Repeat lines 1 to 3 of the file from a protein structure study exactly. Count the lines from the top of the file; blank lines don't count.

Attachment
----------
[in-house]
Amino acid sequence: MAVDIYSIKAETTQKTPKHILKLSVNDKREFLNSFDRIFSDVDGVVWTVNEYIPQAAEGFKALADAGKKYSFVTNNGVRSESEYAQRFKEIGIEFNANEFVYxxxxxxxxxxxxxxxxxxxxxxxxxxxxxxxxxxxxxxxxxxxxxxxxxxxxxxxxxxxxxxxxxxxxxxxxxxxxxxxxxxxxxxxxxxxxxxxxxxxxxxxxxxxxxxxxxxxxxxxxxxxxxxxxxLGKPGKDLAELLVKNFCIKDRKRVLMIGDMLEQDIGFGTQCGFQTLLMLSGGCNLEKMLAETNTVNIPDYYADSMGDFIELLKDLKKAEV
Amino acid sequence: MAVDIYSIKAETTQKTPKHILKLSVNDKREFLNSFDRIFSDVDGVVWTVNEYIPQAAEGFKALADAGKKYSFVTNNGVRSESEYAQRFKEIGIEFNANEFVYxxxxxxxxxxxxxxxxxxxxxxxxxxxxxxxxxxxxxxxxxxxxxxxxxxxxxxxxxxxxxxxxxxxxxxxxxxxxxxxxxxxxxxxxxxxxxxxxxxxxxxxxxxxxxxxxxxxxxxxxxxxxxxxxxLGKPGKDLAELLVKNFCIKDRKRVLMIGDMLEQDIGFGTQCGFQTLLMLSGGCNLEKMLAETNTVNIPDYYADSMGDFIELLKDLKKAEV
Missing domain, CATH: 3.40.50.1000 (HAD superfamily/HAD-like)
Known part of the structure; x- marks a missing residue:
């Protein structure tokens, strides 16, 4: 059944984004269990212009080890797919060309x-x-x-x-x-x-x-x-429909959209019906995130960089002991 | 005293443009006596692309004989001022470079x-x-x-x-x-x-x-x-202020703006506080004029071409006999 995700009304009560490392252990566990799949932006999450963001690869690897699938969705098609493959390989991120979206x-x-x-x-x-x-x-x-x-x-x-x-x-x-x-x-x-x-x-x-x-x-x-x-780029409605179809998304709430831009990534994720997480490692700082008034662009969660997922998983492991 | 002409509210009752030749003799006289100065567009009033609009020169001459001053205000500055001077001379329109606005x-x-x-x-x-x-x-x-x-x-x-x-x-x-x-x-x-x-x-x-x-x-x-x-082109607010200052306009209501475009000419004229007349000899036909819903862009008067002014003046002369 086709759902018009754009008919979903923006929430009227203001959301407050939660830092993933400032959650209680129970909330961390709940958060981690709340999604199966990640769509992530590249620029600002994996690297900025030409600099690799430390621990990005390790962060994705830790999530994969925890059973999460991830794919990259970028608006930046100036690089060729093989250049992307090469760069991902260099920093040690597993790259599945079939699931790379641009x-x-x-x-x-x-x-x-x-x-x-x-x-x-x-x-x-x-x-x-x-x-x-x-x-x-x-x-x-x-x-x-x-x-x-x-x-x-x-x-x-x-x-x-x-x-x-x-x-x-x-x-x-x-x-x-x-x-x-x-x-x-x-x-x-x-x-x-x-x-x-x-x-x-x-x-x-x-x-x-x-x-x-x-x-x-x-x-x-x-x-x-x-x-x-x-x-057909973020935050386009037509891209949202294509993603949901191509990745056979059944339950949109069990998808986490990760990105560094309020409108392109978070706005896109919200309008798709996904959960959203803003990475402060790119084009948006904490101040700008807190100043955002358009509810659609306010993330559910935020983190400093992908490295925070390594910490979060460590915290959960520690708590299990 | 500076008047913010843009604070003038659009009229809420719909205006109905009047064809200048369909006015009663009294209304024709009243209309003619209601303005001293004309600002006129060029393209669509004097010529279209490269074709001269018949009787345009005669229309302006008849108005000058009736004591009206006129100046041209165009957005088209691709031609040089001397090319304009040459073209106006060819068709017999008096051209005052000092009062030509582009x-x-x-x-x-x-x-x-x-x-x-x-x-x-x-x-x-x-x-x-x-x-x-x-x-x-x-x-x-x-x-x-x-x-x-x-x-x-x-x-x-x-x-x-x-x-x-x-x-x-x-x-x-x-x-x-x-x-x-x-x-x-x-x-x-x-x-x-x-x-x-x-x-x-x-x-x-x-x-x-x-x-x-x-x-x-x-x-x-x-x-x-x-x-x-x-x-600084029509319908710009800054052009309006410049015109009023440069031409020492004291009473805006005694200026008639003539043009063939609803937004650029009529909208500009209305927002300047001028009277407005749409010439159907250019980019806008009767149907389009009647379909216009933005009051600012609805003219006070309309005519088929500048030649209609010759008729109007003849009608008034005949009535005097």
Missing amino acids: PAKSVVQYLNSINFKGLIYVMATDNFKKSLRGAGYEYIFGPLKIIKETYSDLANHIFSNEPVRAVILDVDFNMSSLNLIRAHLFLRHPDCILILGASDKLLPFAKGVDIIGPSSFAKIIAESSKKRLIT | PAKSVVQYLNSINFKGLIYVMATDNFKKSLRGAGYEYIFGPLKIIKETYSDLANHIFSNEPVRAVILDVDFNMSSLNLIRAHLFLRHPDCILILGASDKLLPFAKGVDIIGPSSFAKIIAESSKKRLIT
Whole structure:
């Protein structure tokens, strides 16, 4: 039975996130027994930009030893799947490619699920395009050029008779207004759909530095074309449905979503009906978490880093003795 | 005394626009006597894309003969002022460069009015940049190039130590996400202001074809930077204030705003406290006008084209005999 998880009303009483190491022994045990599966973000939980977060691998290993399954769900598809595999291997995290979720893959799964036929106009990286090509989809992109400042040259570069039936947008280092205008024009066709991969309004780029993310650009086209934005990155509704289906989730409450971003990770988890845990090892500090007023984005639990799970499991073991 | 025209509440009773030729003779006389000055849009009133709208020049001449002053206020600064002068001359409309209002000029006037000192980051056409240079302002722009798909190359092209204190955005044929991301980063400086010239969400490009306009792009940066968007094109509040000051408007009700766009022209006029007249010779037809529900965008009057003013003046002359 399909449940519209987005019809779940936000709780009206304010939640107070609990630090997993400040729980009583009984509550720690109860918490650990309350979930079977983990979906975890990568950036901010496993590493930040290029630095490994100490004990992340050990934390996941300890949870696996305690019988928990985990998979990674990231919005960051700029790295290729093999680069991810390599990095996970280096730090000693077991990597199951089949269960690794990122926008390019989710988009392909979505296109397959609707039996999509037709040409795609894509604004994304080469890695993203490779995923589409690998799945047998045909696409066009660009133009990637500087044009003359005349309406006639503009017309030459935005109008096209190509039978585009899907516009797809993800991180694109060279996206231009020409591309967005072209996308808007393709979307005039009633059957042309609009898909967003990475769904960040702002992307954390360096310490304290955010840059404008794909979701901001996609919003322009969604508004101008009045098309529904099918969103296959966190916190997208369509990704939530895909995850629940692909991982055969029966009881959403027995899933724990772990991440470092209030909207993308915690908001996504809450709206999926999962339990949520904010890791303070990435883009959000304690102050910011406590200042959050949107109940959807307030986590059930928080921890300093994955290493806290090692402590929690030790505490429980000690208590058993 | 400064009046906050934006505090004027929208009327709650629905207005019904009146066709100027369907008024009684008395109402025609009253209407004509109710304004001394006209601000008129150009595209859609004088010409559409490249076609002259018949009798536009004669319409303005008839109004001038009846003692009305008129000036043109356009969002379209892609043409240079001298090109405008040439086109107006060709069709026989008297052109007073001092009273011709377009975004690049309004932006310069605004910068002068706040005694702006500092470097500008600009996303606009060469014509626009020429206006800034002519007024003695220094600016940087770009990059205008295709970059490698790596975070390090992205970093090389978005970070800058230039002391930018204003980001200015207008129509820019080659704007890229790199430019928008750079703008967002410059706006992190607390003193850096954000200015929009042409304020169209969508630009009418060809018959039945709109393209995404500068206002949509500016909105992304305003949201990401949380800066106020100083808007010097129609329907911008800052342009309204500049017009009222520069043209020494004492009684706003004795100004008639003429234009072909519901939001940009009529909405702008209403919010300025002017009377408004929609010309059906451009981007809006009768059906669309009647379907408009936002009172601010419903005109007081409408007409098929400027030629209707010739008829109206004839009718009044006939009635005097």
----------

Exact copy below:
[in-house]
Amino acid sequence: MAVDIYSIKAETTQKTPKHILKLSVNDKREFLNSFDRIFSDVDGVVWTVNEYIPQAAEGFKALADAGKKYSFVTNNGVRSESEYAQRFKEIGIEFNANEFVYxxxxxxxxxxxxxxxxxxxxxxxxxxxxxxxxxxxxxxxxxxxxxxxxxxxxxxxxxxxxxxxxxxxxxxxxxxxxxxxxxxxxxxxxxxxxxxxxxxxxxxxxxxxxxxxxxxxxxxxxxxxxxxxxxLGKPGKDLAELLVKNFCIKDRKRVLMIGDMLEQDIGFGTQCGFQTLLMLSGGCNLEKMLAETNTVNIPDYYADSMGDFIELLKDLKKAEV
Amino acid sequence: MAVDIYSIKAETTQKTPKHILKLSVNDKREFLNSFDRIFSDVDGVVWTVNEYIPQAAEGFKALADAGKKYSFVTNNGVRSESEYAQRFKEIGIEFNANEFVYxxxxxxxxxxxxxxxxxxxxxxxxxxxxxxxxxxxxxxxxxxxxxxxxxxxxxxxxxxxxxxxxxxxxxxxxxxxxxxxxxxxxxxxxxxxxxxxxxxxxxxxxxxxxxxxxxxxxxxxxxxxxxxxxxLGKPGKDLAELLVKNFCIKDRKRVLMIGDMLEQDIGFGTQCGFQTLLMLSGGCNLEKMLAETNTVNIPDYYADSMGDFIELLKDLKKAEV